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Speak Loving Words to Your Children

The Early Catastrophe: The 30 Million Word Gap by Age Three
Taken from Hart, B., & Risley, T. R., American Educator (Spring, 2003)

Very often, poverty plays a role in children not doing well in school. Over the years, many researchers, psychologists and educators have tried to change this development with the use of projects to increase and improve the everyday language that children use. One of these projects included both poor children and a group of professors’ children. The children in the project used many new materials and activities that were focused on language. At the end of the project, the children had learned many new words and they learned these words at a faster rate than they did before. However, the poor children soon forgot many of the new words by the time they were in kindergarten.

The researchers were puzzled and conducted another project to understand why the poor children forgot the new words they had learned. This second project looked at what was happening to children in their homes during the very early years when they were learning language. The results showed that families are very different in the amount and types of interactions and experiences with language they provide their children. This is very important because almost everything that infants learn comes from their families. Also, these early experiences with language are linked to later language use.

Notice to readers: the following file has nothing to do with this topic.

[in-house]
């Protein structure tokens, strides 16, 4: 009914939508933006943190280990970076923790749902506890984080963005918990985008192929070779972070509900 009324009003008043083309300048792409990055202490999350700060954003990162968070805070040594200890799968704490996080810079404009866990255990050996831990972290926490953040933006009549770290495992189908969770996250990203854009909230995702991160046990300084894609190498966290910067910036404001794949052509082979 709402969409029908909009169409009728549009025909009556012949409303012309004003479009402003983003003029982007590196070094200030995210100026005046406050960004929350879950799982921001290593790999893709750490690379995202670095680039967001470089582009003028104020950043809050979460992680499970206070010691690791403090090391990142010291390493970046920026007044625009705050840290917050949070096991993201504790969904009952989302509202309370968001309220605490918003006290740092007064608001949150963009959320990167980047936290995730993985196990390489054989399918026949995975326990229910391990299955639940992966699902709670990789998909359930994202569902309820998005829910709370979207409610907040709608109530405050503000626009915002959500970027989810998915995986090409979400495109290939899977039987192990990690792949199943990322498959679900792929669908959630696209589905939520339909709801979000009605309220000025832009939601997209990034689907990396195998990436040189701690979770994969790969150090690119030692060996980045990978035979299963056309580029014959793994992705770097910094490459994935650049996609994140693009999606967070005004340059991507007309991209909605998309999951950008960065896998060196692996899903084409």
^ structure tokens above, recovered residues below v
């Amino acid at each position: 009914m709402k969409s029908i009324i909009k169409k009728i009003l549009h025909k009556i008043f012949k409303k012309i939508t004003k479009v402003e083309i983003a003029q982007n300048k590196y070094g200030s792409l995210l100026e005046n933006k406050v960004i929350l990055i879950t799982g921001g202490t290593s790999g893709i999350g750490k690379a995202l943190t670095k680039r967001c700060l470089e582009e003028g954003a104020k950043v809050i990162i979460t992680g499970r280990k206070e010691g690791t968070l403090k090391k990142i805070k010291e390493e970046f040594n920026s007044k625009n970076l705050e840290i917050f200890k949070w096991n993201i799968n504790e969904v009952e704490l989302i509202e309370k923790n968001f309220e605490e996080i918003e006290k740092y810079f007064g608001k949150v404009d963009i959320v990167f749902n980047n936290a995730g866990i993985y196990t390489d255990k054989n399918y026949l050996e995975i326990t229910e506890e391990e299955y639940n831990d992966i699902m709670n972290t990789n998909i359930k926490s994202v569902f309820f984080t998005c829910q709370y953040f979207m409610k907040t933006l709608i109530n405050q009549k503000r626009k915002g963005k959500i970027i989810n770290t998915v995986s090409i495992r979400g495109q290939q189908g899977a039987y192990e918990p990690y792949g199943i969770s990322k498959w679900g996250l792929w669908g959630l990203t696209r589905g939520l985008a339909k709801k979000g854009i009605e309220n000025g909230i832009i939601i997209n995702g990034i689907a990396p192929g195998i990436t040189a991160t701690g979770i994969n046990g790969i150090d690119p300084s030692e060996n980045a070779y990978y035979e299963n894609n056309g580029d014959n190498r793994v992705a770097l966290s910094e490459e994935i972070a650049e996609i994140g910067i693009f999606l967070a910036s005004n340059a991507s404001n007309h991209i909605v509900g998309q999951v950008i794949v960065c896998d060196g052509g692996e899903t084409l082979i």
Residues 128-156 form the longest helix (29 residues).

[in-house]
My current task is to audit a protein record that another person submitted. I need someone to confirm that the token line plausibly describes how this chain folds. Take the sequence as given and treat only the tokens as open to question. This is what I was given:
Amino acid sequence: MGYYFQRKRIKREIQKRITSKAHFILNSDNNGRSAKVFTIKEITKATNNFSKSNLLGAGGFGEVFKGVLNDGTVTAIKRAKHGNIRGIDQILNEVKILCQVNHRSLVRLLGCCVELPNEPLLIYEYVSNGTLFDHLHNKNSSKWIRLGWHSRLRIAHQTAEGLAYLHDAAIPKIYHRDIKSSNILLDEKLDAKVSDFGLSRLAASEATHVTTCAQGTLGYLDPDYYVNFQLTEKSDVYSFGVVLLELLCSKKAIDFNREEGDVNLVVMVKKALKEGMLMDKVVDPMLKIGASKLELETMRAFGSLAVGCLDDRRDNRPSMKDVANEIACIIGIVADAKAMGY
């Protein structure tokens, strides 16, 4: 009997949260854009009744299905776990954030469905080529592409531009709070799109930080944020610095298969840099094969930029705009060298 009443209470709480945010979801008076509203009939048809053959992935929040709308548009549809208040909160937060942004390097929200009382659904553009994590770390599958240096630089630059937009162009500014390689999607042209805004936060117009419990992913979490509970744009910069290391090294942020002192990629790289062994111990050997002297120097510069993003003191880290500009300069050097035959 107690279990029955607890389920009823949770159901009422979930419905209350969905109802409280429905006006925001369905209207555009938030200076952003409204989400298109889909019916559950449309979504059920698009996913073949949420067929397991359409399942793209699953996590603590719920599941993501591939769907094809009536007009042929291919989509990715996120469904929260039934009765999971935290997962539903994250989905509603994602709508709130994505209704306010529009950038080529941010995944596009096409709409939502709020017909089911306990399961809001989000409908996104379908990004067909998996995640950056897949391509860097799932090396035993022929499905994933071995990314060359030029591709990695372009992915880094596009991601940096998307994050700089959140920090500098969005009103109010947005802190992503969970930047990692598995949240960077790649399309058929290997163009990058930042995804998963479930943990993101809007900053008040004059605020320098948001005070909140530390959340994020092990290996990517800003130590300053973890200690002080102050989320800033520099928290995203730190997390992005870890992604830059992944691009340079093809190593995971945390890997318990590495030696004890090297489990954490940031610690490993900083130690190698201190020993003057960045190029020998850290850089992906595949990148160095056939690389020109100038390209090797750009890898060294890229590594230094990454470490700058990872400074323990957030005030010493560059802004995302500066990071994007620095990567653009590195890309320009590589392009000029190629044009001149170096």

Results from the project showed that children from families on welfare knew fewer words than did those children in professional families. Children from families on welfare also learned new words more slowly than did children from professional families. The results also showed that children from professional families heard many more encouraging than discouraging words, but children from welfare families heard far more discouraging words than encouraging words. A summary of the results follows:

Number of Words Heard per Hour
Welfare children
Working-class children
Professional children
616
1251
2153
Number of Words Heard by 4 Years Old
Welfare children
Working-class children
Professional children
13 million
26 million
45 million
Number of Encouraging Words Heard per Hour
Welfare children
Working-class children
Professional children
5
12
32
Number of Discouraging Words Heard per Hour
Welfare children
Working-class children
Professional children
11
7
5
1 1 Summary developed 2004 by Sheralyn Dash, B. Sc., M.A. Graduate Intern, District of Columbia Office of Early Childhood Development, DHS Howard University Ph.D. Candidate
 

Very often, poverty plays a role in children not doing well in school. Over the years, many researchers, psychologists and educators have tried to change this development with the use of projects to increase and improve the everyday language that children use.

By the time children are in preschool, the average child in a professional family has received 566,000 more encouraging than discouraging words. The average child in a working-class family would have received 100,000 more encouraging words than discouraging words. However, the average child in a welfare family would have received 125,000 more discouraging words than encouraging words. These results make it clear that many children are at risk for school failure. Parents, teachers and child care providers all need to think about the types of interactions they have with young children. Urgent action is needed!

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